Unless otherwise specified in the credit, commercial invoices must be made out in the name of the applicant for the credit;

    Unless otherwise specified in the credit, banks may refuse commercial invoices issued for amounts in excess of the amount permitted by the credit, and

    iii) The description of the goods in the commercial invoice must correspond with the description of the goods in the credit.

    The following check list of the items making up a commercial invoice should always be kept in view though not all items are required for every transaction:

    Name and address of the shipper Invoice number and date

    Buyer's and Seller's order number

    Name and address of the overseas customer (buyer)

    Name of the vessel and sailing date Terms of payment

    Insurance reference

    Customs, and consular declaration Shipping marks and number on packages

    Quantities and description of commodities

    Net weight and gross weight as well as measurement in metric units

    Specification of packing

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    Unit price and total value Terns of sale (F.O.B./C.I.F./C & F/FAS, etc.) Any additional charges which should be itemized such as packing, cartage, consular, etc. (if the contract is on f.o.b. basis) Bill of Lading number Import Licence number and date Letter of Credit number and date Proforma invoice It is a preliminary, provisional, temporary invoice for an anticipated shipment which might or might not take place. Such invoices serve certain useful functions in that the overseas buyer is then in a position to deal with certain requirements before placing the order, e.g. obtaining an import licence. Secondly, proforma invoices, if made out, can be supplied to the bank when a Letter of Credit is to be established by the overseas buyer with the instructions that the L.C. (letter of credit) be opened in accordance with the invoice.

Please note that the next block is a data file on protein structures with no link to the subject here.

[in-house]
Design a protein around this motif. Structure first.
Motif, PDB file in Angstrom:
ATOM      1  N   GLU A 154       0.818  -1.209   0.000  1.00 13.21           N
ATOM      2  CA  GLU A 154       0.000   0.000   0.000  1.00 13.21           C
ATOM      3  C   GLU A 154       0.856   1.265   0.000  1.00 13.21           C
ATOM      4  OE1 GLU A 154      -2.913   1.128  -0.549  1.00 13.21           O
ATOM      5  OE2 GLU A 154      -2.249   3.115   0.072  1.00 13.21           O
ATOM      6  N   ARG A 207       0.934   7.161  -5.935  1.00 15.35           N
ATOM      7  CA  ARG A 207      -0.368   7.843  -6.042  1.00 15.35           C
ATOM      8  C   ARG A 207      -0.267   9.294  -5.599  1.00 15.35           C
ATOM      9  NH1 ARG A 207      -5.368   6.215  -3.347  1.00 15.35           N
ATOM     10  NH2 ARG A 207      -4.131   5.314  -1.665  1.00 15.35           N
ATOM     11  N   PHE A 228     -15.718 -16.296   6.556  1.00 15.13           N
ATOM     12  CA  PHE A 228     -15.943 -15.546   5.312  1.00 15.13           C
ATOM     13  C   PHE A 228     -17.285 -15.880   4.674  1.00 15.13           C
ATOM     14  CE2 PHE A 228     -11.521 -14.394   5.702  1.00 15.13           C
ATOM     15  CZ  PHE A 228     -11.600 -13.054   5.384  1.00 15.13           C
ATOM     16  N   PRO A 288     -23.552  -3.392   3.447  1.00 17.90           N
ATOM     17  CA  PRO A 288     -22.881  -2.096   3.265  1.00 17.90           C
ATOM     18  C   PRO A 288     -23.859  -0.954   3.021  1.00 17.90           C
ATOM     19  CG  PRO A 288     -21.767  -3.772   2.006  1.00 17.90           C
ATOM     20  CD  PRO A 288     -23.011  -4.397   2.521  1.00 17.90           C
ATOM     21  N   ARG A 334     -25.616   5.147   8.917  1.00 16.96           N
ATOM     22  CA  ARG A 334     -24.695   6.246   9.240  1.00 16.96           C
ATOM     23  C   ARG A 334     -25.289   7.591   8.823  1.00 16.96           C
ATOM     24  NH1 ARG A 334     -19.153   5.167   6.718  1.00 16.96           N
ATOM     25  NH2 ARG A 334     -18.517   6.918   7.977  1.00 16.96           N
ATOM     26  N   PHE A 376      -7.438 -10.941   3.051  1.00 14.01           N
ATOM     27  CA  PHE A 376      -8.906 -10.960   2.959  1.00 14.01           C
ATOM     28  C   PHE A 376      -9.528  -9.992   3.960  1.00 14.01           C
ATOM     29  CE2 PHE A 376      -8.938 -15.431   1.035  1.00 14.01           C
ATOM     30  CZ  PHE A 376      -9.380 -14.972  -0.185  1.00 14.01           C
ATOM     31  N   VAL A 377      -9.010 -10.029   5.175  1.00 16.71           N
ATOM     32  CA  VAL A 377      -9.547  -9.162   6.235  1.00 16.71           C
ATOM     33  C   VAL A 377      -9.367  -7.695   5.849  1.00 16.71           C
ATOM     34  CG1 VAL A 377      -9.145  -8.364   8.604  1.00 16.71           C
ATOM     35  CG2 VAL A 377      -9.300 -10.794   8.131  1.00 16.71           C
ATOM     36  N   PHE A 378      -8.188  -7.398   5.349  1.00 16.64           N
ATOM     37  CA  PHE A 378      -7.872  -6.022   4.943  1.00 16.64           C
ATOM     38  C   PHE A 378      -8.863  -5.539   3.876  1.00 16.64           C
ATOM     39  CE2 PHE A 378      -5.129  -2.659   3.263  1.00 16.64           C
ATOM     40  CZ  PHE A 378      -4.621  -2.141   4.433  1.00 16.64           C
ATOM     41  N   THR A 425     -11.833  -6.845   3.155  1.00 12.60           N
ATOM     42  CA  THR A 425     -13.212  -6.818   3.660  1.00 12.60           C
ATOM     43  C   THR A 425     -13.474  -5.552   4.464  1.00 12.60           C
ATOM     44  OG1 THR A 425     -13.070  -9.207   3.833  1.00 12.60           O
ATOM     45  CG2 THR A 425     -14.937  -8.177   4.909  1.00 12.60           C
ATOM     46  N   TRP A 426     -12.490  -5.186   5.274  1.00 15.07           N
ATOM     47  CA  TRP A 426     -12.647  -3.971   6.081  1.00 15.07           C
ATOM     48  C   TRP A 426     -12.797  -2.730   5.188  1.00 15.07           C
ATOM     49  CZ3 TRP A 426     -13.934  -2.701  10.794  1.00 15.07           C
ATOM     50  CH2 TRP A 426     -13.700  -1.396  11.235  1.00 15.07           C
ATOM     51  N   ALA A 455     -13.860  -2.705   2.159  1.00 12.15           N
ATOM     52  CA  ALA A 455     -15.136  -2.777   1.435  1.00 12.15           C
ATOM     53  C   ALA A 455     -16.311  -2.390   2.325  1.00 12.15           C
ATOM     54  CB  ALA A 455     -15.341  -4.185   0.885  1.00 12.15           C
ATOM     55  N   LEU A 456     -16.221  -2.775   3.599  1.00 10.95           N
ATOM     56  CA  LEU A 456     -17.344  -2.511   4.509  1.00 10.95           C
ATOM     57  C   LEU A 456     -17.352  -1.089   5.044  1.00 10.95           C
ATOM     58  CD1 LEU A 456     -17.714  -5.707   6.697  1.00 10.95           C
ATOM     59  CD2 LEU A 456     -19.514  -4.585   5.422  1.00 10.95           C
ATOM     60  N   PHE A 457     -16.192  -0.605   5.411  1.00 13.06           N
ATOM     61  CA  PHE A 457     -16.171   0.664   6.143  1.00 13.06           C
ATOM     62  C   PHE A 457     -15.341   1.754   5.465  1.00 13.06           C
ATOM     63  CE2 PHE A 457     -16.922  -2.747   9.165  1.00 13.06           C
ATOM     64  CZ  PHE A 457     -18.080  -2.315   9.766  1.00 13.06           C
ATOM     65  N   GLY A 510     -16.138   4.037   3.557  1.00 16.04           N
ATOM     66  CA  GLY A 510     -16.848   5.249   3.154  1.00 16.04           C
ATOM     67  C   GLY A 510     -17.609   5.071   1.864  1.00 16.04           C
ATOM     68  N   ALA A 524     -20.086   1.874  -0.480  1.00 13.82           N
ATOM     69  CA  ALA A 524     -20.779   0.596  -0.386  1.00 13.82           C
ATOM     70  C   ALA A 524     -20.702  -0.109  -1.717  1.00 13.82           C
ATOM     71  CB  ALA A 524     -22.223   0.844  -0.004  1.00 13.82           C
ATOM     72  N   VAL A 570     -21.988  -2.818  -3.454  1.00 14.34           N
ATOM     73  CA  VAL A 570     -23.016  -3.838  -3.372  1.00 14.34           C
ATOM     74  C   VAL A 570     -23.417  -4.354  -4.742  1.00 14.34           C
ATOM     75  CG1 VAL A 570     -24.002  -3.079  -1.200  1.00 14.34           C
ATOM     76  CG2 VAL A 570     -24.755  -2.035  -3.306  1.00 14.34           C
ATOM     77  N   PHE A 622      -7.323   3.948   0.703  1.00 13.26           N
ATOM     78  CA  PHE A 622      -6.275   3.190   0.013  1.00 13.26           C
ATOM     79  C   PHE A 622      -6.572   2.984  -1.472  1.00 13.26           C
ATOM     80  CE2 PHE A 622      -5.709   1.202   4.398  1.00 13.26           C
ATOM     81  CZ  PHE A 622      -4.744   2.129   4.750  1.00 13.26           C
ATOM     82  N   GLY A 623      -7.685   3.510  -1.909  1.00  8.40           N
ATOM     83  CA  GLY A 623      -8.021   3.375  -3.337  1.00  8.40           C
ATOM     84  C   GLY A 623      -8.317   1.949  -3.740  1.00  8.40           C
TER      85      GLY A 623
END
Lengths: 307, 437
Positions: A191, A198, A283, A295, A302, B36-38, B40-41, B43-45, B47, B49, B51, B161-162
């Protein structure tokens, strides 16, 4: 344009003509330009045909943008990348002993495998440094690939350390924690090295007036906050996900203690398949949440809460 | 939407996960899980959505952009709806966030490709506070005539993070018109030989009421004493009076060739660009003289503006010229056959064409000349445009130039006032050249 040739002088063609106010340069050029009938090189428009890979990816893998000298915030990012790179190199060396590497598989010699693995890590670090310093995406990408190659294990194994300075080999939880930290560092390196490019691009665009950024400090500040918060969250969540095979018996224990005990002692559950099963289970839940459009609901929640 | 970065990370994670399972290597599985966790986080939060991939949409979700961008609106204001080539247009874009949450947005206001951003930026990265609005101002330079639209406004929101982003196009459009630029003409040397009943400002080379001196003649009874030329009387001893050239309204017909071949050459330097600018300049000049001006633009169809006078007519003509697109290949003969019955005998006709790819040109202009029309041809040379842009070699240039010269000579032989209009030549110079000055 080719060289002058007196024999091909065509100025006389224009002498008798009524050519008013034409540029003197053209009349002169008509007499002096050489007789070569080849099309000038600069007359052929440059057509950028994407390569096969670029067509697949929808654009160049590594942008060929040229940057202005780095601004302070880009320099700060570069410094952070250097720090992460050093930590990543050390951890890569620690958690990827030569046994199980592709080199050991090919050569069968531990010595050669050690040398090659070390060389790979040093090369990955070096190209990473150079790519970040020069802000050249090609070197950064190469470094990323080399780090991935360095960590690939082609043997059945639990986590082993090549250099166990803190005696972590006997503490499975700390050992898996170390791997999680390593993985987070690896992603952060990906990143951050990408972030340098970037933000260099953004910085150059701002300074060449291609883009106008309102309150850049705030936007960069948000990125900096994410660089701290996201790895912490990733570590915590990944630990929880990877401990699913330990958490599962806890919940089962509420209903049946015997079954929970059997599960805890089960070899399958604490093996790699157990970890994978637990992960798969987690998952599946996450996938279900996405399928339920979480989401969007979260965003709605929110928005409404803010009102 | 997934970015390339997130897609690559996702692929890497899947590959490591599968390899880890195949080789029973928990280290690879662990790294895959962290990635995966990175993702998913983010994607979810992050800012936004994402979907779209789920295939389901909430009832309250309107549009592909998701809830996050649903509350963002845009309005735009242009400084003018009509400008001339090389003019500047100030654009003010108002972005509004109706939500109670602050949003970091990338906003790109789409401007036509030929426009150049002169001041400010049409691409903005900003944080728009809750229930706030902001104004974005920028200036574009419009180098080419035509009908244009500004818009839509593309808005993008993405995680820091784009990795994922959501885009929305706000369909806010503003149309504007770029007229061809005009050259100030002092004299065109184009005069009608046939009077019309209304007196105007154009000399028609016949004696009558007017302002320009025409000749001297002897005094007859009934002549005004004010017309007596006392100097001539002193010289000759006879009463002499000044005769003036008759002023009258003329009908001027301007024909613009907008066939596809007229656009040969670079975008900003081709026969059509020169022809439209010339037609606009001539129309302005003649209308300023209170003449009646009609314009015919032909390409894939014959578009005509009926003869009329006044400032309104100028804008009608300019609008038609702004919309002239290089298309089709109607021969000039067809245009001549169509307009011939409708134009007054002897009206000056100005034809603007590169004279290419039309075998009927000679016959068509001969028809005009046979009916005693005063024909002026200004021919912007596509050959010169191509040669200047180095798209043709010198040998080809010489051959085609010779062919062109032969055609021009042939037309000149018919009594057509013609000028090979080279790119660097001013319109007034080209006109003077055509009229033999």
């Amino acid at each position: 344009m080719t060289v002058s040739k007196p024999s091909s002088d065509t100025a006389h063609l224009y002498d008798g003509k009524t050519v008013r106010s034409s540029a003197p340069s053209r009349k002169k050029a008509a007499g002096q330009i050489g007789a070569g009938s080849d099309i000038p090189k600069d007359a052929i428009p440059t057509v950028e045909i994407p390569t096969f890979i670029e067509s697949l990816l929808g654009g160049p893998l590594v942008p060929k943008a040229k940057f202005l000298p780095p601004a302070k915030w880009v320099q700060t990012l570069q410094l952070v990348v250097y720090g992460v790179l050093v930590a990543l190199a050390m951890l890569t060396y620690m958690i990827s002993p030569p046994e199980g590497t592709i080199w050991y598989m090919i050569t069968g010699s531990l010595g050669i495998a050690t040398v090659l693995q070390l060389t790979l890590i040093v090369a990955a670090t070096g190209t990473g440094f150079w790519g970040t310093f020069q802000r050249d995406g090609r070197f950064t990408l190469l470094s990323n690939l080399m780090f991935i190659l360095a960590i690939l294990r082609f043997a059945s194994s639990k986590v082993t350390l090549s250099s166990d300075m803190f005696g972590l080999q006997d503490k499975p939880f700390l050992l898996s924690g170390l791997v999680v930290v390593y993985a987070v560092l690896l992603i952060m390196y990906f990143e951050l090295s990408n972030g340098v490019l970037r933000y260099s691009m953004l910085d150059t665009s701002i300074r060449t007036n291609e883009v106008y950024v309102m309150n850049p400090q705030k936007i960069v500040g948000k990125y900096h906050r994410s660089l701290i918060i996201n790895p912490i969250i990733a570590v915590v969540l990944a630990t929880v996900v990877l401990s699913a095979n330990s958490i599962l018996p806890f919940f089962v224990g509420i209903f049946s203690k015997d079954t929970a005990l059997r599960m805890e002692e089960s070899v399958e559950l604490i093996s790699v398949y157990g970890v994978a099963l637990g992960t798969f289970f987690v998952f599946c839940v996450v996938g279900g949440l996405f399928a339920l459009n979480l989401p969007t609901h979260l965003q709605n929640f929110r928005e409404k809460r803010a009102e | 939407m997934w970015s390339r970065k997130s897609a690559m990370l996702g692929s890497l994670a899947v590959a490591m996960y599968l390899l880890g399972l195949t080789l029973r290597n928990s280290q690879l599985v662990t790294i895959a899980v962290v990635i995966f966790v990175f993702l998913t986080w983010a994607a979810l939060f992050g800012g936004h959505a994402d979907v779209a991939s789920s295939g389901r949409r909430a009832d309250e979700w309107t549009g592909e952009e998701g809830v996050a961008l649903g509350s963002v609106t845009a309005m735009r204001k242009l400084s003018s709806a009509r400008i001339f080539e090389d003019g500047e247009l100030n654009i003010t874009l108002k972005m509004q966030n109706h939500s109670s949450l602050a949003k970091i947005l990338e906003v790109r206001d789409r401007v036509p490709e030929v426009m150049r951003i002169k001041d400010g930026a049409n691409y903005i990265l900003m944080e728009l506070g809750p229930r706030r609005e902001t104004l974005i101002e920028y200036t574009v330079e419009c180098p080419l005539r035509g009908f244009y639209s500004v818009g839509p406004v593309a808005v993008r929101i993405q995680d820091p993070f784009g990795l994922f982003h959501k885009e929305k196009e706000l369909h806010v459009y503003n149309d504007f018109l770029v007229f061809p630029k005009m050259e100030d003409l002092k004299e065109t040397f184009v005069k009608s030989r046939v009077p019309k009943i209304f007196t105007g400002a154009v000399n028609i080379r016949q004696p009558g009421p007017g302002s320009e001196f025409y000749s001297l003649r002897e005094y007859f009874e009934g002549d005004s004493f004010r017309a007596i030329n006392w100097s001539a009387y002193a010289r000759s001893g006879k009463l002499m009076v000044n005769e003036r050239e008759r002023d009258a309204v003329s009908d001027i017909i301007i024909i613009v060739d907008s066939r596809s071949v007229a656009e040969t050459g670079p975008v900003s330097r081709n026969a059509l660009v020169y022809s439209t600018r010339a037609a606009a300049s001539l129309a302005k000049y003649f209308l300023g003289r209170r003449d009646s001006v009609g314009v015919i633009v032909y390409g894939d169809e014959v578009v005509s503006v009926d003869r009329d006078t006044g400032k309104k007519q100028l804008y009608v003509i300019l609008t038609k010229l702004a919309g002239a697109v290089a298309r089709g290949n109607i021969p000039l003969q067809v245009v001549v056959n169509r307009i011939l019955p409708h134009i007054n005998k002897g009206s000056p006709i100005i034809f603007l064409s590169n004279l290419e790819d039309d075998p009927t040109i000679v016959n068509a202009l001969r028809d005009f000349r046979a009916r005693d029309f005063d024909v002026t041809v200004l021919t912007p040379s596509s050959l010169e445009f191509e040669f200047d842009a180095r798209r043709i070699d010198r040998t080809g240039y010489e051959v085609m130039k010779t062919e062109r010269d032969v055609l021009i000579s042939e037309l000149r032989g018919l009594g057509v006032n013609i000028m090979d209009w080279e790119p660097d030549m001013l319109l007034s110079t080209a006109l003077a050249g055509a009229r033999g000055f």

Packing List Exporters are required to prepare an accurate packing list showing, item by item, the contents of the packages or cases so as to enable the receiver of the shipment to carry out a check. The packing list should give a description of the goods, number and marks on the packages, quantity per package, net and gross weight, measurement, etc. Properly prepared, these packing lists ensure movement of goods and avoid unnecessary unpacking. There is no particular form to be used but for purposes of guidance a specimen copy may be seen.

    Marine Ins